It is not meant to be said, that we should assemble together every day at home, at a solemn hour of devotion. The most delightful task becomes by repetition tiring and common; the most impressive loses its force by custom. But you may always find, in the course of the week, at least one hour when you can obtain possession of yourself in solitude. Let this be the hour of your private devotion—then engage in earnest self-examination :- then take these contemplations, designed for your assistance, or some other book conducive to religion-and by its means prepare yourself for communing with your God—for making proof of your pure or impure inclinations--for choosing the future principles on which you will have to act.

It is quite possible, that we may not be at all times equally fit to devote ourselves to the serious affairs of religion. You have pleasant and unpleasant accidents in your family, which disturb you; you are thinking of different undertakings and projects, which at present occupy your whole mind; you have certain works before you, which take up your time, and may likewise weary you, or require your undivided attention.

Yet, my dear friend, do not deceive yourself. It is true, the inclination to employ yourself in religious affairs

may be wanting. But should your inclinations rule you, or should you be the lord of them? You have perhaps no inclination to speak to a king, or a prince, or any other of your magistrates. But if he were to stand before

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your whole mind, and with all respect? God—the Almighty-stands before you every minute of your existence:–Eternity impends over you every moment that you think and will! Cannot you do that in His presence which you can do every day before all your earthly superiors ? No ;-we must not delay those sublime employments, if we would not at last find pleasure in the most disgraceful. The thought of God, and thenthat you should be worthy of Him-must be to you as a habit—as a matter of perpetual necessity :-otherwise you will not win the palm of inward perfectness. Religion and virtue must become as indispensable to your soul, as food and drink are to your body :-Otherwise your Christianity is hypocrisy--the prayer by which you think to consecrate yourself to God, mere outward ceremonial.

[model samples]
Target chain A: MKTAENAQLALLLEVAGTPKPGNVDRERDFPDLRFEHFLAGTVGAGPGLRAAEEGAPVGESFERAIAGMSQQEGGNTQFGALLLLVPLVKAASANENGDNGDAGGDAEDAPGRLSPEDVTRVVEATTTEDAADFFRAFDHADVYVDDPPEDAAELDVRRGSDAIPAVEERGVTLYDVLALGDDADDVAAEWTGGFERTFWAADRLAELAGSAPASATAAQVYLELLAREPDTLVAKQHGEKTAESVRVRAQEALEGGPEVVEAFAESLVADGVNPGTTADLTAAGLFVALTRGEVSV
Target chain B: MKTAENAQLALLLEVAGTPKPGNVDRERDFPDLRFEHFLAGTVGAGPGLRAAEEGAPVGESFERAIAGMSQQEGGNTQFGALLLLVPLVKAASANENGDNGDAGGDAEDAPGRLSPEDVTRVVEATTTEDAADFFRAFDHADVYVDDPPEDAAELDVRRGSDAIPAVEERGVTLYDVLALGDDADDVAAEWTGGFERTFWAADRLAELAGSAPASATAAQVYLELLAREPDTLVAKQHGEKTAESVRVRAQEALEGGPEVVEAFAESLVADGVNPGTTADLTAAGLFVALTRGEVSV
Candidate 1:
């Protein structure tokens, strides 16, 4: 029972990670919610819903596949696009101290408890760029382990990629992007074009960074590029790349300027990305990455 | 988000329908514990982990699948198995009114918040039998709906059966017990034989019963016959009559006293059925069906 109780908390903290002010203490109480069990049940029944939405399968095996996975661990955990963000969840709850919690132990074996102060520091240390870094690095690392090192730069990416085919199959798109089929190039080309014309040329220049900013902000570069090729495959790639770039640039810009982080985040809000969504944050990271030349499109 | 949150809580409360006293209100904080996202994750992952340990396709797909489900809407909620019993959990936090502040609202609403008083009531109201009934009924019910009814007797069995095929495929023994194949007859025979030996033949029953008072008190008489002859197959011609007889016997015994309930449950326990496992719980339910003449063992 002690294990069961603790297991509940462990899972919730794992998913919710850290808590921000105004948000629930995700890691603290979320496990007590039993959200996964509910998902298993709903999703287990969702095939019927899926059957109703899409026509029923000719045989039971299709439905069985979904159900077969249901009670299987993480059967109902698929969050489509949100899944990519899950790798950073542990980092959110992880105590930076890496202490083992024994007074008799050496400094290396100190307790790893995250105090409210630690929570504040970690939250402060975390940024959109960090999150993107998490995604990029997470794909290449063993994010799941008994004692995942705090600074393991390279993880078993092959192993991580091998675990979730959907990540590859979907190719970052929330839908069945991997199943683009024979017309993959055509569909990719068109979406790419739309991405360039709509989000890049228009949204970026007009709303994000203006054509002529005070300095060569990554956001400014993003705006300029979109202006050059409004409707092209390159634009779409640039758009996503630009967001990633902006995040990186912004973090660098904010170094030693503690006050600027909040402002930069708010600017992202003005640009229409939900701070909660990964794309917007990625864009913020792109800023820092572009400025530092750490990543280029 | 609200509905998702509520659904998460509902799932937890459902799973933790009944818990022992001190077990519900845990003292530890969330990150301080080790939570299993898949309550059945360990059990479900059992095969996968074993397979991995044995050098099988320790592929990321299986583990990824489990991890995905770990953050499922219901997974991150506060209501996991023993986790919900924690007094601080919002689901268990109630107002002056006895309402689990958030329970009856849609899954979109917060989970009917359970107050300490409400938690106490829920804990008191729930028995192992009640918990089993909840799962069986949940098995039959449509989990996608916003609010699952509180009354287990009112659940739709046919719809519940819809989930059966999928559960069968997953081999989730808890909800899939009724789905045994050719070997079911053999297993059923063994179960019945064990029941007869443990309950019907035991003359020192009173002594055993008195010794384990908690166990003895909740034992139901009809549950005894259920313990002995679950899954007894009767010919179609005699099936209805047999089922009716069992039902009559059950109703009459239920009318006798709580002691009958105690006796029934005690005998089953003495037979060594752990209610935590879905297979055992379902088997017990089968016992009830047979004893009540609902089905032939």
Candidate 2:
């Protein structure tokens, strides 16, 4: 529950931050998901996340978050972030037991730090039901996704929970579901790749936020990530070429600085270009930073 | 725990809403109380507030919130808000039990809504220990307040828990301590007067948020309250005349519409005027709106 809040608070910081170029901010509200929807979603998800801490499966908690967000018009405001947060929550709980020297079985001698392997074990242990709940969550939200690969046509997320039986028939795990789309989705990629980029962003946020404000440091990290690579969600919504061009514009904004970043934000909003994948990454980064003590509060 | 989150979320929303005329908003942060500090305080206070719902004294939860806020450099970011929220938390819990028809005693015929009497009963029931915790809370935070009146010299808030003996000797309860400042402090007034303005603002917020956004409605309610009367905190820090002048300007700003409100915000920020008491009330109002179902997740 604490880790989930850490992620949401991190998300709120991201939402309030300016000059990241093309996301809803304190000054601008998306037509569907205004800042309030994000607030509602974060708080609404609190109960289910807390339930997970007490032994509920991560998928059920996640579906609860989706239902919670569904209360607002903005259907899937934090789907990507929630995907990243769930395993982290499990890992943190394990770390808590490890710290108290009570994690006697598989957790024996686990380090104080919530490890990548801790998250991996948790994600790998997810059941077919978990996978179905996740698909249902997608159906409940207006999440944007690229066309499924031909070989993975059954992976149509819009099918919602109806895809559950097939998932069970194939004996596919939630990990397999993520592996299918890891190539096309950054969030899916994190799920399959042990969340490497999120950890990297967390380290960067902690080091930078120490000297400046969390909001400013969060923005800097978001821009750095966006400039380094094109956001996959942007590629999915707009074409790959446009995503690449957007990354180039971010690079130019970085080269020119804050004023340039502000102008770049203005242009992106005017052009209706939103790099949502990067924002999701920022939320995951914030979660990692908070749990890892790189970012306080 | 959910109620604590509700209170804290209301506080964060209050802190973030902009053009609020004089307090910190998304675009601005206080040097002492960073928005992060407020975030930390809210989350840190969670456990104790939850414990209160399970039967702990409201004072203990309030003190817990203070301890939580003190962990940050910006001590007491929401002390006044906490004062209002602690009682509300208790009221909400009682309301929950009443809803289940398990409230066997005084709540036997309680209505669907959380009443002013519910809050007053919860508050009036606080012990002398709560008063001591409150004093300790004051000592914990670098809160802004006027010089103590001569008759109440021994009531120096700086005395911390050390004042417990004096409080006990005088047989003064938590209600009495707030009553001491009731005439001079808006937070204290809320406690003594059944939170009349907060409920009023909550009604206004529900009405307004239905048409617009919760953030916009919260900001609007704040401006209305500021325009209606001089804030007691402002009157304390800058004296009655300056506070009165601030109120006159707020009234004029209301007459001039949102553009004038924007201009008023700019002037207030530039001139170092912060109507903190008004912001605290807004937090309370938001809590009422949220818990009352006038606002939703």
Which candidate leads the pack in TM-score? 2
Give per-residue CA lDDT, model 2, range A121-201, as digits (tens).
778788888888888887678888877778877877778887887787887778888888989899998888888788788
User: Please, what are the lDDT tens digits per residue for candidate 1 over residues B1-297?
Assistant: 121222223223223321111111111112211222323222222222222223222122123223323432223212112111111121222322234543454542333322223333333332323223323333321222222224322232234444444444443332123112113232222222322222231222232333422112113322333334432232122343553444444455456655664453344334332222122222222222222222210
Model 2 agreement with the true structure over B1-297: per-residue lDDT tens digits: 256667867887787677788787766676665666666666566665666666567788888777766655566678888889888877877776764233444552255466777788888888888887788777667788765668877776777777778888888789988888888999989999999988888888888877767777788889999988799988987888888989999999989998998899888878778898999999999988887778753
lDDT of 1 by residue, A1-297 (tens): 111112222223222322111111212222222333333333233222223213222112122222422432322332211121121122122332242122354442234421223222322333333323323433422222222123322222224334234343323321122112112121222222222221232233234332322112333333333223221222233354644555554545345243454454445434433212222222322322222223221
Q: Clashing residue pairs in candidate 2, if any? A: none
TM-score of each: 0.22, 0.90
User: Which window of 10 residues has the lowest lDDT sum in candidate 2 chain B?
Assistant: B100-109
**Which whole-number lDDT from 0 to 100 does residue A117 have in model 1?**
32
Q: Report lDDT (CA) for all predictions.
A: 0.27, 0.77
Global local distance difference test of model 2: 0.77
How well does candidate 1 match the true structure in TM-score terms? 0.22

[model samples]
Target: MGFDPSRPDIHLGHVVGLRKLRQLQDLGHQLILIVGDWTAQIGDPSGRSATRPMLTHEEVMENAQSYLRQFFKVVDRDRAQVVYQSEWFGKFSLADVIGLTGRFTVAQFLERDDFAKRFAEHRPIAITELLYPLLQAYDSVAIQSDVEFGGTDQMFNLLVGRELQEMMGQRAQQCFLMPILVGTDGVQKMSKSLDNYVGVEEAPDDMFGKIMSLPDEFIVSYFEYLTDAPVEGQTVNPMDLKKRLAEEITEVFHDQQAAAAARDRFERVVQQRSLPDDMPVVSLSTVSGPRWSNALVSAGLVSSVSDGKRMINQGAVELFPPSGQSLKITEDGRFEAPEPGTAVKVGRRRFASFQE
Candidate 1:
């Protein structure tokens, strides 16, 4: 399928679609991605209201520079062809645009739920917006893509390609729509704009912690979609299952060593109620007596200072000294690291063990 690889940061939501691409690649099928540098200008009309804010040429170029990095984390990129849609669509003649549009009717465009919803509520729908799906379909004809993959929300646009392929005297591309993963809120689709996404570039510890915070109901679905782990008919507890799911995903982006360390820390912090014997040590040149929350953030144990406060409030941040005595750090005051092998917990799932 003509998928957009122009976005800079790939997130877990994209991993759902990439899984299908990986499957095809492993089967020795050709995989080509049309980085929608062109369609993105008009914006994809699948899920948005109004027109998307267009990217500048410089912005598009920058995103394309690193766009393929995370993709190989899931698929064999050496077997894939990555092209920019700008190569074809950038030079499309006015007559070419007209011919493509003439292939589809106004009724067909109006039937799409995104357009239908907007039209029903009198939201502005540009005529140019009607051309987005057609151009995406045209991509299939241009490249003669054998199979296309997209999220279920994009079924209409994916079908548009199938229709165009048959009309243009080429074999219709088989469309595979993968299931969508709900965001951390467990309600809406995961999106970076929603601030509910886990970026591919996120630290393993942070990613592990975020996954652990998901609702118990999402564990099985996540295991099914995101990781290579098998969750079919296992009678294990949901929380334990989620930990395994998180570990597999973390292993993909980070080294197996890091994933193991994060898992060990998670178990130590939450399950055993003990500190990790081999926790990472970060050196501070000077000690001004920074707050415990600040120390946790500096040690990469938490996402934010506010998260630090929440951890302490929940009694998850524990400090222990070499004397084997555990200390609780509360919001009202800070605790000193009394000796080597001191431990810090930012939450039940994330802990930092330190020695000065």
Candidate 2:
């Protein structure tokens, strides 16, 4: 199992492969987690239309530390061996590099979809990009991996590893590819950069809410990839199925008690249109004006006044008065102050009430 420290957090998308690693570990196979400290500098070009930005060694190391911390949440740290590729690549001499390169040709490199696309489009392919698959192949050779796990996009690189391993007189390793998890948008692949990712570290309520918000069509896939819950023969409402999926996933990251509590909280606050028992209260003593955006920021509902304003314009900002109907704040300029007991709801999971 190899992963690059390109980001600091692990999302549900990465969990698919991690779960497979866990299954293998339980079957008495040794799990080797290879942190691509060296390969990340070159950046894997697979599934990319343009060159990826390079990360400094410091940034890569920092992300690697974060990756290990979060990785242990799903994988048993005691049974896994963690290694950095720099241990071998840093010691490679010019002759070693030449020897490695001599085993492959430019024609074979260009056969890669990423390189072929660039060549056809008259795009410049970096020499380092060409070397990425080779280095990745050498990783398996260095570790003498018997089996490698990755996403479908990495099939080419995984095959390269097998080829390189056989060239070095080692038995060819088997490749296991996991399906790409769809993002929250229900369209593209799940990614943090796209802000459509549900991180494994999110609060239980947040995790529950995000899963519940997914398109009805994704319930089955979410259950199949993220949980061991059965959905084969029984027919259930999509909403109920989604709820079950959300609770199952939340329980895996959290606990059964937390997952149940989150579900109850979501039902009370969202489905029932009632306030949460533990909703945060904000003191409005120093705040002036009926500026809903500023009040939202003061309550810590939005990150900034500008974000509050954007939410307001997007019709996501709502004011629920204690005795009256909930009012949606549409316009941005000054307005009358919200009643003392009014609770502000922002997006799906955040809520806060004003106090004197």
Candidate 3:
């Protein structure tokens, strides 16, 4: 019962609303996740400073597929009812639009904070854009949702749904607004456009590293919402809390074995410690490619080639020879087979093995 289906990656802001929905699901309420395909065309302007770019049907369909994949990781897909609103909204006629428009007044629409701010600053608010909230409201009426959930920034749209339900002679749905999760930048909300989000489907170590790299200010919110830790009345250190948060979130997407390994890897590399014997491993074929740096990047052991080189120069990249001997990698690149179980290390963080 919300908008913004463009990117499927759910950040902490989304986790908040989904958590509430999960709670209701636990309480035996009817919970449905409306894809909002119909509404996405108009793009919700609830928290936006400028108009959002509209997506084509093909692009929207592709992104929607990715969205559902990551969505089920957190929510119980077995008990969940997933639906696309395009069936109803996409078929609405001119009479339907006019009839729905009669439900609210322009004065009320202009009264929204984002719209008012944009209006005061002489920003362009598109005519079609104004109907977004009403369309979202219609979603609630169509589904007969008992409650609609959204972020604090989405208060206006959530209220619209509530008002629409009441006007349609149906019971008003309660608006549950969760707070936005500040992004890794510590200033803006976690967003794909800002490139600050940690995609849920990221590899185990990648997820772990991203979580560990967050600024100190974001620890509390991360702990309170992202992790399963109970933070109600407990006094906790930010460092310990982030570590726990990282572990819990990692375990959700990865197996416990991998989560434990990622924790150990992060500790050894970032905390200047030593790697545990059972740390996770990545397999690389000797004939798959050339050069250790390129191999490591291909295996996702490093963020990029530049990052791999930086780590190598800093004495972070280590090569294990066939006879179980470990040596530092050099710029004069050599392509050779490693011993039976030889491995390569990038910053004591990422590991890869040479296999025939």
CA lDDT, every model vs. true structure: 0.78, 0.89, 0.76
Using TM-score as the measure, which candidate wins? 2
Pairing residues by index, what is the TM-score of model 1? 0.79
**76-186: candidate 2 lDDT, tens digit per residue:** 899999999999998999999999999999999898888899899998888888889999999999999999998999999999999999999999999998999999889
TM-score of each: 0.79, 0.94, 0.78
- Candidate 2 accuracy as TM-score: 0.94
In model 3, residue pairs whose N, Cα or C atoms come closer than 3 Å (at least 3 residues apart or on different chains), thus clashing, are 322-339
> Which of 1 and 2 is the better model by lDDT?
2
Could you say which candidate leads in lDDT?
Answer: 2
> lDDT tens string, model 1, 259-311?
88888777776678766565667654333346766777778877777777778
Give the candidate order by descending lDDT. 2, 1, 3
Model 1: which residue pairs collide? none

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Wherefore by no means leave to chance, or to opportunity, or to your particular inclination, the choice of the hours in which, either alone, or with your relatives, you are to devote yourself to divine contemplation. These hours may else occur seldomer than is beneficial to your heart. You go at an appointed time to your domestic and official business, without asking yourself whether you have great pleasure in your work. If you can do this for your bread, for your earthly support, why will you less serve the more noble part of you, your immortal spirit? Do not delay the hours of holy meditation to the time when you know of nothing better to do. Reflection on God, eternity, and the destination of the soul, is not calculated merely to shorten tedious moments, or to entertain us in an idle hour.